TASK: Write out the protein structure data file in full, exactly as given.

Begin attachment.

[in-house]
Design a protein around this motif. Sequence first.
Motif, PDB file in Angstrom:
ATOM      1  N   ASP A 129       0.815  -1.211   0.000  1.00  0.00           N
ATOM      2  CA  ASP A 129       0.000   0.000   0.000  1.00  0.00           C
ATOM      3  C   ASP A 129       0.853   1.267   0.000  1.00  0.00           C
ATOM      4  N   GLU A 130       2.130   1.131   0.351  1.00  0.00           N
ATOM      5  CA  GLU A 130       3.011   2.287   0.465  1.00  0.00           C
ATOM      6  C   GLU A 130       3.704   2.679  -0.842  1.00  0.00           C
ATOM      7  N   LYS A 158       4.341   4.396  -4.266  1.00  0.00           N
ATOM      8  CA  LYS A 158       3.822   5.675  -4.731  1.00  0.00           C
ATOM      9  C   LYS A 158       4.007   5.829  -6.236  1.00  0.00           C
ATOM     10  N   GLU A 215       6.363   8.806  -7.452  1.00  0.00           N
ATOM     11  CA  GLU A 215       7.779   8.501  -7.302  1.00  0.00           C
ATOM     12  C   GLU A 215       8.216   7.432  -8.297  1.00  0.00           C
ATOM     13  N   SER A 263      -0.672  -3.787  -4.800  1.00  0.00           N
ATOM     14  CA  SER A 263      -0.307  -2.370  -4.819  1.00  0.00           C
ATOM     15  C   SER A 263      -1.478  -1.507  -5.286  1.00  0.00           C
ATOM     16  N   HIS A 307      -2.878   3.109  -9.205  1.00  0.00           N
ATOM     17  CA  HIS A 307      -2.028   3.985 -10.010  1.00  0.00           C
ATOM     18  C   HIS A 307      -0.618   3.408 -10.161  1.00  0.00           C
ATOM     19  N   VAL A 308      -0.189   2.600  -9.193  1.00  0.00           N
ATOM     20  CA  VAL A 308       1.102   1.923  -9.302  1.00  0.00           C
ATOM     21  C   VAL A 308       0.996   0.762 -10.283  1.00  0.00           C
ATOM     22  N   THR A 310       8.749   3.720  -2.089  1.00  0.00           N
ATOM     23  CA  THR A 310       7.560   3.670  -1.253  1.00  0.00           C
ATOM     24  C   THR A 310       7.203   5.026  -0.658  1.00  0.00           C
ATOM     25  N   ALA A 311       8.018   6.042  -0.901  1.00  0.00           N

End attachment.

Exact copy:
[in-house]
Design a protein around this motif. Sequence first.
Motif, PDB file in Angstrom:
ATOM      1  N   ASP A 129       0.815  -1.211   0.000  1.00  0.00           N
ATOM      2  CA  ASP A 129       0.000   0.000   0.000  1.00  0.00           C
ATOM      3  C   ASP A 129       0.853   1.267   0.000  1.00  0.00           C
ATOM      4  N   GLU A 130       2.130   1.131   0.351  1.00  0.00           N
ATOM      5  CA  GLU A 130       3.011   2.287   0.465  1.00  0.00           C
ATOM      6  C   GLU A 130       3.704   2.679  -0.842  1.00  0.00           C
ATOM      7  N   LYS A 158       4.341   4.396  -4.266  1.00  0.00           N
ATOM      8  CA  LYS A 158       3.822   5.675  -4.731  1.00  0.00           C
ATOM      9  C   LYS A 158       4.007   5.829  -6.236  1.00  0.00           C
ATOM     10  N   GLU A 215       6.363   8.806  -7.452  1.00  0.00           N
ATOM     11  CA  GLU A 215       7.779   8.501  -7.302  1.00  0.00           C
ATOM     12  C   GLU A 215       8.216   7.432  -8.297  1.00  0.00           C
ATOM     13  N   SER A 263      -0.672  -3.787  -4.800  1.00  0.00           N
ATOM     14  CA  SER A 263      -0.307  -2.370  -4.819  1.00  0.00           C
ATOM     15  C   SER A 263      -1.478  -1.507  -5.286  1.00  0.00           C
ATOM     16  N   HIS A 307      -2.878   3.109  -9.205  1.00  0.00           N
ATOM     17  CA  HIS A 307      -2.028   3.985 -10.010  1.00  0.00           C
ATOM     18  C   HIS A 307      -0.618   3.408 -10.161  1.00  0.00           C
ATOM     19  N   VAL A 308      -0.189   2.600  -9.193  1.00  0.00           N
ATOM     20  CA  VAL A 308       1.102   1.923  -9.302  1.00  0.00           C
ATOM     21  C   VAL A 308       0.996   0.762 -10.283  1.00  0.00           C
ATOM     22  N   THR A 310       8.749   3.720  -2.089  1.00  0.00           N
ATOM     23  CA  THR A 310       7.560   3.670  -1.253  1.00  0.00           C
ATOM     24  C   THR A 310       7.203   5.026  -0.658  1.00  0.00           C
ATOM     25  N   ALA A 311       8.018   6.042  -0.901  1.00  0.00           N